Review: MusicGremlin's Wi-Fi music player makes iPod look overrated

Thanks to unimpeded capitalism, there are so many music players available that deciding which one to buy might make your head 'splode. In fact, only two players really count — iPod and Zune. Everything else is just marketplace clutter. The question is, can a third player break through? Little-known MusicGremlin is trying to get traction with its MG-1000 player. Since June, it's offered something that Zune only recently did (and iPod never did): Wi-Fi. And, it does it better than Zune.

The Dream
You're at the 'Bucks and you get a sudden craving for Tangerine Dream. You whip out your 8-GB MusicGremlin and use its Wi-Fi to log onto them company's site, where you quickly search for, find, and download some T-Dream. Whew! Crisis averted! Then, when the nearby cute MG girl signals her desire to join you for some techno, you cleverly Wi-Fi a copy of the album over to her. Meanwhile, your gloss-black MusicGremlin, with rubberized cursor control and side panels, and small but highly colorful display, draws admiring glances from everyone. You're the man!

The Reality
At least that's the way it looks in the MusicGremlin commercial. In real life it's not quite like that. For starters, music isn't free. That's because of those damned intellectual property rights people. I, on the other hand, believe that everything should be open source. For example, if someone needs a silver tea set, they should be able to come into your house and take yours.

But I digress. MusicGremlin charges you $14.99 a month for unlimited subscription access, or 99 cents per track. Of course, that's on top of $299 for the player. You can use Wi-Fi to grab music from MG's site or your own computer. Open Wi-Fi is easiest; protected hotspots require passwords, which are a royal pain to enter on the non-keyboard MG. Downloading from the site is pretty quick — a minute or so for a song — and the company's celestial jukebox holds about 2 million songs.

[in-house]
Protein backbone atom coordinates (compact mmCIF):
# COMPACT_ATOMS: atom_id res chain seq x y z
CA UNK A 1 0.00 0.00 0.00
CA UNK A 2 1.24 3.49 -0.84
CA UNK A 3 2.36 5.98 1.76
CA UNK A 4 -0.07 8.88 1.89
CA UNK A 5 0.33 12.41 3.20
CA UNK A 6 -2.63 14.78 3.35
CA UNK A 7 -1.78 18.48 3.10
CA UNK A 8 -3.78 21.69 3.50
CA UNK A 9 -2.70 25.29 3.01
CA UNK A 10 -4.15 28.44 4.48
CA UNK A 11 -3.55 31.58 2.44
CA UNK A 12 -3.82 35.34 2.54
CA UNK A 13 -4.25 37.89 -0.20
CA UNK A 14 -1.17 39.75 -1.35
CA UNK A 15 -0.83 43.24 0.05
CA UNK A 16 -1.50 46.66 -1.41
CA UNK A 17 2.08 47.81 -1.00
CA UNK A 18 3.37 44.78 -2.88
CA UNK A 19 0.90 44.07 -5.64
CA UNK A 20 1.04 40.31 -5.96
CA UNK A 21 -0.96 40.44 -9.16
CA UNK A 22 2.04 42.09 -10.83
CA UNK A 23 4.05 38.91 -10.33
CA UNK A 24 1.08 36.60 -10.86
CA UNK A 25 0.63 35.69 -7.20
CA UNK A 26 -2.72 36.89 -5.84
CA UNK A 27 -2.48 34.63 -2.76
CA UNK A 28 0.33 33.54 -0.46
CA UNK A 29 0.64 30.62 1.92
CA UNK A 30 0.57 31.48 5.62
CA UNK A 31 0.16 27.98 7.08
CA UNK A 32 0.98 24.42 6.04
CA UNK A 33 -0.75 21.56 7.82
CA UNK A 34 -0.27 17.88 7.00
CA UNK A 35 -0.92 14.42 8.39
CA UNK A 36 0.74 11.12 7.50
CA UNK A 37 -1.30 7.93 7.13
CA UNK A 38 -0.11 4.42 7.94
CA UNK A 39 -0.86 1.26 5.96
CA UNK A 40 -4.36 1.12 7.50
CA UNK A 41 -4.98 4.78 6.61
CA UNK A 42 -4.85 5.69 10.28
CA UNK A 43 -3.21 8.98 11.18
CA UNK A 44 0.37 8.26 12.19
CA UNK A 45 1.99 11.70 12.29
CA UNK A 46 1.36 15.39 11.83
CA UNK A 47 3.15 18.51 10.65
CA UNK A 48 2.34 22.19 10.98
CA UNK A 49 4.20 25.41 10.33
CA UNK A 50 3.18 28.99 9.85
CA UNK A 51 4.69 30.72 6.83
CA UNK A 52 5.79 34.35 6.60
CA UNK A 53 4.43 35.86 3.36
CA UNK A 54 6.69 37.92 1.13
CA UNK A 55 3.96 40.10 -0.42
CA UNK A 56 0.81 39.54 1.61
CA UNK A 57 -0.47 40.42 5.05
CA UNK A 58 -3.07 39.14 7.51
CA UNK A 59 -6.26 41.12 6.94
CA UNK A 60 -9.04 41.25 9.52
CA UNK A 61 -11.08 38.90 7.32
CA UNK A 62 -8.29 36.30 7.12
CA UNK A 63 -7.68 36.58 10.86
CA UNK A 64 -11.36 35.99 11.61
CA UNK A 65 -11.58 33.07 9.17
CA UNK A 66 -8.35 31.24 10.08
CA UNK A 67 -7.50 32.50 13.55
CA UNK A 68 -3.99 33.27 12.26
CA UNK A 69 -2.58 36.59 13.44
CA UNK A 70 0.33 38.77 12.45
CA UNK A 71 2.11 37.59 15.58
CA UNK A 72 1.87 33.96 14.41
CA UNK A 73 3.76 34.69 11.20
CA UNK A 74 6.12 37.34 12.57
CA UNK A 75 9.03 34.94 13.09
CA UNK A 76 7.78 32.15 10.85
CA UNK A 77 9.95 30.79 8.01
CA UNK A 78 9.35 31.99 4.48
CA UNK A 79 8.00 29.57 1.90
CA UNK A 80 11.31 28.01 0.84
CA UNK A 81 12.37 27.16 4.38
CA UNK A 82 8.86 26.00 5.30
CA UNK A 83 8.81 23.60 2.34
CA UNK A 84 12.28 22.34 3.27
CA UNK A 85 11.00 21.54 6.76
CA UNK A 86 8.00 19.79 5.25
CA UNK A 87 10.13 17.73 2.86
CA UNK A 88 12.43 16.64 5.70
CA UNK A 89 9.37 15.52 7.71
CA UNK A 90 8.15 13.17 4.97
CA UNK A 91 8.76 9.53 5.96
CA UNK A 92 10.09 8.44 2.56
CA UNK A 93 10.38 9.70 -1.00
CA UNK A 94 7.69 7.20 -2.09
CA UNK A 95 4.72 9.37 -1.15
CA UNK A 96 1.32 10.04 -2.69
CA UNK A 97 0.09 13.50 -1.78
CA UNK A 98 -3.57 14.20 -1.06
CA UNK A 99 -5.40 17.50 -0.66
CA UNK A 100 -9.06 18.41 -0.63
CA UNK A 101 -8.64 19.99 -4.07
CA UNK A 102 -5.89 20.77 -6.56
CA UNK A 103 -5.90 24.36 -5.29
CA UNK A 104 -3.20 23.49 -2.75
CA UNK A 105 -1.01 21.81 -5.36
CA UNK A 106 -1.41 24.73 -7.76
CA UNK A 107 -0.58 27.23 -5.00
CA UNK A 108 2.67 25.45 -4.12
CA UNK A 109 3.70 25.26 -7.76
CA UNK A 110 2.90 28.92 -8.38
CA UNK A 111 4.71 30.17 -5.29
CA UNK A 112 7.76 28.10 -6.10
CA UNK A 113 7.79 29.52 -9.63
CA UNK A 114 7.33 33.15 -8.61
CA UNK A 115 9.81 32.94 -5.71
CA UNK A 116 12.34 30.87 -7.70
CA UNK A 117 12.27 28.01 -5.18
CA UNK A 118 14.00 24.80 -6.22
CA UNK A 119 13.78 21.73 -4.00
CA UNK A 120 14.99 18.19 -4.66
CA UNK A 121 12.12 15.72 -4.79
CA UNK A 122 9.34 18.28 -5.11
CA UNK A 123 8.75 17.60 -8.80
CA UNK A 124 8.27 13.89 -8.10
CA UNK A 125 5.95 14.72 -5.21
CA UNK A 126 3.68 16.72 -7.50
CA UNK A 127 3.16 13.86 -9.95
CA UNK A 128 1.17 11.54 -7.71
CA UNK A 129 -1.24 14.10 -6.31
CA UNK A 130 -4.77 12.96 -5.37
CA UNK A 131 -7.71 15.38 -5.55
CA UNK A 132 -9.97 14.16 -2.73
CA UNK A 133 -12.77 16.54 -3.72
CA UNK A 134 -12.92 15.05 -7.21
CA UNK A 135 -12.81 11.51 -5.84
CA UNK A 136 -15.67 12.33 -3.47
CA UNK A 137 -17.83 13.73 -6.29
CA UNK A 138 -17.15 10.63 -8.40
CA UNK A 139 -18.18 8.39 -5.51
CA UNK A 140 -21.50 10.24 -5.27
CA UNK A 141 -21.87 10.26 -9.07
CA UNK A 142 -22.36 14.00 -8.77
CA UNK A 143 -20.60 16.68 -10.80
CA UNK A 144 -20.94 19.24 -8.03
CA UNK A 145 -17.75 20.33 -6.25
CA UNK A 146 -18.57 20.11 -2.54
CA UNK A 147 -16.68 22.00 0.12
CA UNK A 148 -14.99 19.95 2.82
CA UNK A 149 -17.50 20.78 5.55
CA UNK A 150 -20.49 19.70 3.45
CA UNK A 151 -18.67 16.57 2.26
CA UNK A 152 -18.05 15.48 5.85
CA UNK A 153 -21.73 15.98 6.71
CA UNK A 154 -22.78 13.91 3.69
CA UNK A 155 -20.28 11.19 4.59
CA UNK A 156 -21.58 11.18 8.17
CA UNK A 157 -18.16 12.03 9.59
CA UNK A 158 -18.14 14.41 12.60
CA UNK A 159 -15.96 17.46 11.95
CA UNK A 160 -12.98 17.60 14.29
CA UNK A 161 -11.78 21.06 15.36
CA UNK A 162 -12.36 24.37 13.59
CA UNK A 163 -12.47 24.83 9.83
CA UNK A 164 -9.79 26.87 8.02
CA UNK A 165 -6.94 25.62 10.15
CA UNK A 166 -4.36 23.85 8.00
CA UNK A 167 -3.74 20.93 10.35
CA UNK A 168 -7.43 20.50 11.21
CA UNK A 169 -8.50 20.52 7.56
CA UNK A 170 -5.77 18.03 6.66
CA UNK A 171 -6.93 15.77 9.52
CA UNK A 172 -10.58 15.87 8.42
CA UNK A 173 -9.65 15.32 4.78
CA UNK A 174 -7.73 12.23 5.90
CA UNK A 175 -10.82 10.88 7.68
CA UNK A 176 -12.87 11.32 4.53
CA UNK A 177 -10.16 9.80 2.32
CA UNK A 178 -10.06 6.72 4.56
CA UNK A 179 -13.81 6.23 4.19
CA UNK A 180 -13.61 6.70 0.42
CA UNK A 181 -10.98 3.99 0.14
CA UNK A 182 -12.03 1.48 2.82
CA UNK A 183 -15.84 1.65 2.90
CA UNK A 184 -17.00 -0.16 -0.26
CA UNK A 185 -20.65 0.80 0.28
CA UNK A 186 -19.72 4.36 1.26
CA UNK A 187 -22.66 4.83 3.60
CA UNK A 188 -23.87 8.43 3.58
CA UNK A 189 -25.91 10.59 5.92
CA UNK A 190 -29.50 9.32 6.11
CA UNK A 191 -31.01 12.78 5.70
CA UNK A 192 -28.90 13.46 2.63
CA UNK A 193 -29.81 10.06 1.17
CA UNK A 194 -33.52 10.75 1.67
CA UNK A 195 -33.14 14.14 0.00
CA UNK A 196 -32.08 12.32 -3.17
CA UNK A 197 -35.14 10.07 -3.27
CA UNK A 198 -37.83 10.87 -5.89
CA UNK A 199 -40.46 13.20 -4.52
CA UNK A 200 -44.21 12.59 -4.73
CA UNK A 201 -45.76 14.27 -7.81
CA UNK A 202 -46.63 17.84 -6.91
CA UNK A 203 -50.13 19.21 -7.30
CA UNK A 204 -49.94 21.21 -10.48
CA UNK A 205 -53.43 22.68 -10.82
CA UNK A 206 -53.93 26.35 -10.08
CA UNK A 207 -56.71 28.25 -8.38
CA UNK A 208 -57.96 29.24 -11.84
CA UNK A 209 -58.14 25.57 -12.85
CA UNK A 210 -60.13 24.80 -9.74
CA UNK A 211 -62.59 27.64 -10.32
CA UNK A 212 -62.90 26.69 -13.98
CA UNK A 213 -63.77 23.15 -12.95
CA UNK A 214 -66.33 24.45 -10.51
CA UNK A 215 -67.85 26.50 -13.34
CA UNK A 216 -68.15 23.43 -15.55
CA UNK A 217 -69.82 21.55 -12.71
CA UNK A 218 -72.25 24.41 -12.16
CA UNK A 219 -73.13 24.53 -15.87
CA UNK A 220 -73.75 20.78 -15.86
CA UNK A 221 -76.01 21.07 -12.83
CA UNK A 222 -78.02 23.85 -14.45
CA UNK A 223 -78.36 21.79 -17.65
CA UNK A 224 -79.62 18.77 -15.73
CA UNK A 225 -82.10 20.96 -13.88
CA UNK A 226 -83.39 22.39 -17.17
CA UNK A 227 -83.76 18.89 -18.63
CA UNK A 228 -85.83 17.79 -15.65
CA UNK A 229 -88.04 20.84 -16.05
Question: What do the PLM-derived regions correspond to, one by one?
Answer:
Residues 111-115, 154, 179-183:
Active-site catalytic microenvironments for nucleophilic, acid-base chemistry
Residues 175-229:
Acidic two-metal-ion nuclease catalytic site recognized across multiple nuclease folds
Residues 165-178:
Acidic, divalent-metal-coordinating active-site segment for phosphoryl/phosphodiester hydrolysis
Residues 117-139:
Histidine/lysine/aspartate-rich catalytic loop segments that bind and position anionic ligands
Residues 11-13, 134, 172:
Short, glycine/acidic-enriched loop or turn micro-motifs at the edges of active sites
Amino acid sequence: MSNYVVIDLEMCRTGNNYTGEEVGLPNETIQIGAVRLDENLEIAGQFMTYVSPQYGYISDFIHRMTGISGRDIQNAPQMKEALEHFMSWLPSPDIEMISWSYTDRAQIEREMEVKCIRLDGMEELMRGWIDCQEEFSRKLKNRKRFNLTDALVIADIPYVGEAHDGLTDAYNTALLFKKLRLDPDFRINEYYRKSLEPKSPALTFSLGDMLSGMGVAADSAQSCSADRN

The Gremlin's in the Details
For music socializing, MusicGremlin lets you share subscription music with other MG owners who are on the subscription service, either player-to-player or over the Web. Importing MP3 and WMA files from your PC requires WMP 10 and a USB cable (you can't use Wi-Fi for this, strangely). Nicely, an FM radio is onboard. In the box are an AC charger, USB cable, and earbuds.

You don't need to worry about Wi-Fi messing up sound quality. The bits fly through the air just fine, and quality is determined by the compression ratio of the file itself. The player's fidelity is similar to that of other players, and as with other players, you'll probably throw away the supplied earbuds and buy something better.

At the End of the Day…
MusicGremlin doesn't have the cool form factor of the iPod, or the nice, big screen of the Zune, but its Wi-Fi feature is quite good. À la a cell phone, you just find a signal and get the music. As long as you're buying it and not ripping it, it's easier to pull music from the ether rather than mess with your PC and a USB cable. Either this player is surprisingly good, or the iPod and Zune are overrated.